Fresh off last week's big a la carte programming announcements from HBO and CBS, gleeful cord cutters are crunching the numbers, adding up the monthly bills on the SVOD series they'll need to once and for all ditch that dreaded cable bill. As TV News Check shows, you can cobble quite a few of these services together and still come out way ahead in terms of the average monthly pay-TV bill.
Since 2010, the top 40 most widely distributed cable channels have lost an average of 3.2 million subscribers, or 3 percent of their distribution. However, these networks' attrition doesn't match up with any overall decline in pay-TV usage, which despite a lot of sturm und drang, has only seen minimal sub loss.
When you're watching a whole new generation forsake your distribution scheme, and you're seeing your advertising dollars slip away to digital platforms, you do what you have to do to survive. That's a philosophy many pay-TV providers are beginning to adopt as they develop lower-priced offerings that cater to a cord-reluctant generation of millennials. FierceCable Editor Dan Frankel takes a closer look at pay-TV's OTT shift. Special Report
Programmers are suddenly willing to play ball with OTT insurgents and are conceding to pared-down bundles targeted to millennials. But is their desperation a good thing?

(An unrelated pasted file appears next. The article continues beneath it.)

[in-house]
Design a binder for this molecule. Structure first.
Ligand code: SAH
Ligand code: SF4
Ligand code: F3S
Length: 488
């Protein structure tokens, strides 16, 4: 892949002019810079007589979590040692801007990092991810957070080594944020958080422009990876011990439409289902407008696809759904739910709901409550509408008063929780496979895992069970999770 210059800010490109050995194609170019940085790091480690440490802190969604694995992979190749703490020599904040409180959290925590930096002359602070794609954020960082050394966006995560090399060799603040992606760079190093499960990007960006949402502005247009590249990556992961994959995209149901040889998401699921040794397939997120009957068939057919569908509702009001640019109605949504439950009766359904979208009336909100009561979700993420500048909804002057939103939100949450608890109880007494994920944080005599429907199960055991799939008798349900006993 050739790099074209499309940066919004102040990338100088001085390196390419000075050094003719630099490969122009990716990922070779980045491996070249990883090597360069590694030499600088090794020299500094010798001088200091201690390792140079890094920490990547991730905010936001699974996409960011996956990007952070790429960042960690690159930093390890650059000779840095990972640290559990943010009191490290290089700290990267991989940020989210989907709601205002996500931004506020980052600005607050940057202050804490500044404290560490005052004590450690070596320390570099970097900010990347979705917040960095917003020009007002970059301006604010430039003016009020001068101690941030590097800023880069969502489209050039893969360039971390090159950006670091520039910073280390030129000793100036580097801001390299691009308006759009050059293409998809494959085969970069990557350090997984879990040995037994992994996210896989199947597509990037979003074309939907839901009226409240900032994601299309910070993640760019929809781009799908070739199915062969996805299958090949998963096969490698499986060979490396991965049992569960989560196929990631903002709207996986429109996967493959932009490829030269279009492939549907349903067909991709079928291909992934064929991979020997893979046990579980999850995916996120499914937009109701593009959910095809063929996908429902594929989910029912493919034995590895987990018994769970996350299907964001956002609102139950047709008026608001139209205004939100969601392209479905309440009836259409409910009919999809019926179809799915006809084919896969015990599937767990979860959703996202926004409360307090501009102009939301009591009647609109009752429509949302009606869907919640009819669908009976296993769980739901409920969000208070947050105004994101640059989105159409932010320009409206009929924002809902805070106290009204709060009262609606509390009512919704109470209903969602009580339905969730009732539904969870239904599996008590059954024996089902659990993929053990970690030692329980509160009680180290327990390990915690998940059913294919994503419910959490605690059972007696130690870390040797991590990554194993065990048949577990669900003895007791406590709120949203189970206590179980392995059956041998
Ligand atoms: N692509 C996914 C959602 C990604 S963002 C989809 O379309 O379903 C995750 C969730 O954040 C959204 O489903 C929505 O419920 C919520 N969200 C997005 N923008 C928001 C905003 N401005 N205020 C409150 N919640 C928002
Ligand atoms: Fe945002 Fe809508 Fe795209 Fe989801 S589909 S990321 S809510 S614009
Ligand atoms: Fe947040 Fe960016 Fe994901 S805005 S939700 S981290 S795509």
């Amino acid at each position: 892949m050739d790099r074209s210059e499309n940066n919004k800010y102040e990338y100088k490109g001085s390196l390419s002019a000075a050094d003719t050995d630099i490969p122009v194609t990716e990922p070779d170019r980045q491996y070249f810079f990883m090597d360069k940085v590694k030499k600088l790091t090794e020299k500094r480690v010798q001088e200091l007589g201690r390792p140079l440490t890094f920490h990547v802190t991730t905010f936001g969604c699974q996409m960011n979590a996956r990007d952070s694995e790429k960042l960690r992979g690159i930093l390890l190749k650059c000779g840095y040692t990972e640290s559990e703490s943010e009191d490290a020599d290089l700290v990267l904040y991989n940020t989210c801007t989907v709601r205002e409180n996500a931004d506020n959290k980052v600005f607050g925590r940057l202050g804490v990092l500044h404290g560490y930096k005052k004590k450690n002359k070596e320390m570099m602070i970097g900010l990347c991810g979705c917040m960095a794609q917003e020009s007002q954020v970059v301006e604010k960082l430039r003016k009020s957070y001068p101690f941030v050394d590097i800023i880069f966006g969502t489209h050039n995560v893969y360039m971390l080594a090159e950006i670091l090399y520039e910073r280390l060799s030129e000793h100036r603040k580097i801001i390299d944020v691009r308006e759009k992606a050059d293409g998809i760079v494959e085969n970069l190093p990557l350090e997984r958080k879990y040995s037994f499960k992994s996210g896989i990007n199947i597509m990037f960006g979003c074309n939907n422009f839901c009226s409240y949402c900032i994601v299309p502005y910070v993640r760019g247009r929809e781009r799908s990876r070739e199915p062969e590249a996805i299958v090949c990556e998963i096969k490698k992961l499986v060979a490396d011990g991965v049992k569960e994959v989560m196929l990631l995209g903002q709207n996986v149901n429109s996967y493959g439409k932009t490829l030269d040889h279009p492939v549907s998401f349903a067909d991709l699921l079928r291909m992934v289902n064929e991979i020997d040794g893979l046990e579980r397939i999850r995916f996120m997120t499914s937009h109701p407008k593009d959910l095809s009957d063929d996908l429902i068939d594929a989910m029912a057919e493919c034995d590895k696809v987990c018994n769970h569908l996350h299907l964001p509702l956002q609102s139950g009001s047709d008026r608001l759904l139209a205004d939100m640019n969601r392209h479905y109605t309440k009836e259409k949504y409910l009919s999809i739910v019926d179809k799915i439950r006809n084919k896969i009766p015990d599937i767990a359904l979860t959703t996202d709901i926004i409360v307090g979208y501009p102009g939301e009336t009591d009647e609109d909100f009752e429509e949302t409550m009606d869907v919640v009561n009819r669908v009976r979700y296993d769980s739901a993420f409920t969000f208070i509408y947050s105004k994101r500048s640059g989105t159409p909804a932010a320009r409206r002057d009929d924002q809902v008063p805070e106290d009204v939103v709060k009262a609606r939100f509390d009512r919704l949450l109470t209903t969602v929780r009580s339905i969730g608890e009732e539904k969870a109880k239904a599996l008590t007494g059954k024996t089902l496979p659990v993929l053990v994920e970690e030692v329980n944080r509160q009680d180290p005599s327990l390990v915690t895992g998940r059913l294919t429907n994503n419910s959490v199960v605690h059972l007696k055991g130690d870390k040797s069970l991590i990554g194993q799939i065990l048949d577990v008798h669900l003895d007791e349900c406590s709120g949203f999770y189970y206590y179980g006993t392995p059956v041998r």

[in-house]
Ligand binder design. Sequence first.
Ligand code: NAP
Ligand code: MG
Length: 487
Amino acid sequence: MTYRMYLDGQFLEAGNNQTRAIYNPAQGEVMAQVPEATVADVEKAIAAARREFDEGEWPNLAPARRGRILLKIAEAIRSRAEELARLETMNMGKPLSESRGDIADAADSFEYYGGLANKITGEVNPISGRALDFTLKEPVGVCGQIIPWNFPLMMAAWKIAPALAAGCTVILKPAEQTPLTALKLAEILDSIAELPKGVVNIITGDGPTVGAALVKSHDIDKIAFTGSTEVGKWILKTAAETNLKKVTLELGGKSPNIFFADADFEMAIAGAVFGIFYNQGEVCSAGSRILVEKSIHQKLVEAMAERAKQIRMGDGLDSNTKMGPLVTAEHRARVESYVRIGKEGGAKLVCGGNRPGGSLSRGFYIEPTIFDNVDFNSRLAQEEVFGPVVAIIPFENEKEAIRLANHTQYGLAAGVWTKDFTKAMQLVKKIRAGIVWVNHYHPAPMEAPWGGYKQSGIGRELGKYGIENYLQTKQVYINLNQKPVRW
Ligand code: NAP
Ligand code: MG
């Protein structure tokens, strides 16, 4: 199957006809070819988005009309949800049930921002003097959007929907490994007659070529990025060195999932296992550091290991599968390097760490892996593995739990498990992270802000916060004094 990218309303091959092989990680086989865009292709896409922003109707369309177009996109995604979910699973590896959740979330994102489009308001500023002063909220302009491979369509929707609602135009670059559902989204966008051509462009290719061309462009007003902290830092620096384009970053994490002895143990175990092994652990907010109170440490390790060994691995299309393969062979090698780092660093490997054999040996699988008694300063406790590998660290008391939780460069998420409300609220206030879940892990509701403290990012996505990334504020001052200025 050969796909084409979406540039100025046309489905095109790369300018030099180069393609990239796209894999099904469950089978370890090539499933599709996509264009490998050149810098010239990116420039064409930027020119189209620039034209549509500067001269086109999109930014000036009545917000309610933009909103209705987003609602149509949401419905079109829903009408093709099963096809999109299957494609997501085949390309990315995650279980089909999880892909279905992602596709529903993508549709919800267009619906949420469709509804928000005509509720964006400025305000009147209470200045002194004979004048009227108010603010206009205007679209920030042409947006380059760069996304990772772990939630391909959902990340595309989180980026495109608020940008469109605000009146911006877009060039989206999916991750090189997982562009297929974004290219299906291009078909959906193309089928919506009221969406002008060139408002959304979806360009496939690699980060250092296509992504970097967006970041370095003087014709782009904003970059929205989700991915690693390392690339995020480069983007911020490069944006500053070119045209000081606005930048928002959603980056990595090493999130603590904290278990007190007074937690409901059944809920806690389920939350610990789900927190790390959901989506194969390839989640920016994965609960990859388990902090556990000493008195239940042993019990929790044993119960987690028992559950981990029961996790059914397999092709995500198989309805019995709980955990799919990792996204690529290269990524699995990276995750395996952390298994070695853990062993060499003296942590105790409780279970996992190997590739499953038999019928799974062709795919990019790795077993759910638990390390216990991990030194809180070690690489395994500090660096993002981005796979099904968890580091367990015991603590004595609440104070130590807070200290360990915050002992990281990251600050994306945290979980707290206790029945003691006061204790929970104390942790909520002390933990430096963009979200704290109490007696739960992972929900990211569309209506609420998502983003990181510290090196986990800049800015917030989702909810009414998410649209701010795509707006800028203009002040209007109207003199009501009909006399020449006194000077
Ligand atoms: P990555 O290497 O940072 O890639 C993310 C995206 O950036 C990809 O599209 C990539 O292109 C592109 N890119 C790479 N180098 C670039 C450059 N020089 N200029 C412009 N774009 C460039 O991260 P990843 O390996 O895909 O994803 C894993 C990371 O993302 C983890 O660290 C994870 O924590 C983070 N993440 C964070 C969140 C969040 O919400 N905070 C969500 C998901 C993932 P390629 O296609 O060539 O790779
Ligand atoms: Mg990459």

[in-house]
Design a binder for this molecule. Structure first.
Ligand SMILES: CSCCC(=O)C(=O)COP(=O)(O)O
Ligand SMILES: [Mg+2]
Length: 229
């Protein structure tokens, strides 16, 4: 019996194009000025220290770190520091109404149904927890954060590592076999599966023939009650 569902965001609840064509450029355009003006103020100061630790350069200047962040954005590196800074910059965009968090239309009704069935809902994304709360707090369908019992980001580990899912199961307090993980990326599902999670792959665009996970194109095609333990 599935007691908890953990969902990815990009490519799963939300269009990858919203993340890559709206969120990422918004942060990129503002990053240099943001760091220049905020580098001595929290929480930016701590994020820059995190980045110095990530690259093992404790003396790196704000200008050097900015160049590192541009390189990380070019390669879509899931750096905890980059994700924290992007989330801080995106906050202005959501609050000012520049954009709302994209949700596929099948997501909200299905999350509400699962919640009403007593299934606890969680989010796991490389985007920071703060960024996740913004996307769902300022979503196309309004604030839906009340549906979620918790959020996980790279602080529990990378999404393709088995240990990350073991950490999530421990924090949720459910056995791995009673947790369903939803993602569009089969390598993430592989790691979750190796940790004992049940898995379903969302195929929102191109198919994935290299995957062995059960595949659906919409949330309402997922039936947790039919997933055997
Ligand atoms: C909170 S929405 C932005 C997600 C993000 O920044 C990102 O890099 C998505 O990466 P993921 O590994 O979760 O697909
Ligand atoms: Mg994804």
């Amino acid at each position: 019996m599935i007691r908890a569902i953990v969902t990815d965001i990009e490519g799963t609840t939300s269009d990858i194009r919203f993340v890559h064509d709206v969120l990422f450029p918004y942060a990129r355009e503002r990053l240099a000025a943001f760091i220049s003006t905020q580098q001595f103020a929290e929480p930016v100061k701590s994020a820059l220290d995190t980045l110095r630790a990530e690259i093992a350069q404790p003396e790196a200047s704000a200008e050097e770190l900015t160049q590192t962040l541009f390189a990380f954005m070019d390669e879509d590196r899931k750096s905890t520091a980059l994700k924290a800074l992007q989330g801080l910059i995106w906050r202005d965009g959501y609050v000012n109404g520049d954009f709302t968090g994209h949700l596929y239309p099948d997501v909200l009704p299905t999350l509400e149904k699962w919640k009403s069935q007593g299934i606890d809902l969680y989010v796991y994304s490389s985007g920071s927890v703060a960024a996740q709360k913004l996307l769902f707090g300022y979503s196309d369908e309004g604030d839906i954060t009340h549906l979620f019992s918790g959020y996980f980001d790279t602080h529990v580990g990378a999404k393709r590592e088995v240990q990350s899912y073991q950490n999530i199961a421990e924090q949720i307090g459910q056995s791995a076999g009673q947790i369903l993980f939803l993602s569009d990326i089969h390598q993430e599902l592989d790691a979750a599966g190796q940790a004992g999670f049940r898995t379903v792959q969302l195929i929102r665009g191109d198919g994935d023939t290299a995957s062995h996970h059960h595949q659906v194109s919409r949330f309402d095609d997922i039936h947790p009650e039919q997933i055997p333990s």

With Dish Network and Sony still working out the nitty-gritty content details of their respective over-the-top TV services, AT&T made its own grab for cable-wary cord-cutters and cord-nevers, announcing a $40 U-verse introductory package that offers broadband, a slimmed-down cable package, HBO and Amazon Prime membership. The caveat? The deal lasts just one year, after which subscribers must take a higher-priced, traditional IPTV bundle.
Trying its hand at an emerging pay-TV industry strategy of hooking previously uninitiated customers with stripped-down programming packages, AT&T will soon bundle broadband service, a limited number of basic cable channels, HBO and--wait for it--Amazon Prime for $40 a month.
In a statistic that probably has cable TV execs scrambling to push broadband video, only about 2 percent of the 19 percent of millennials who don't have pay TV would consider signing up in the next three months, a new report from nScreenMedia indicates.
Pay-TV operators survived the second quarter, typically their weakest for subscriber growth, with their customer bases largely intact. And the much discussed specter of cord cutting has "slowed to a crawl," according to a MoffettNathanson report.
While Comcast has continually battled a reputation for bad customer service, you've got to credit the tenacity of the service rep who handled tech blogger Ryan Block's attempt to cancel service.
Americans continue to ditch their landline service in favor of wireless, according to a new survey from the Centers for Disease Control and Prevention. However, the rate of which U.S. households are eliminating landline service has slowed down from recent years, the data shows.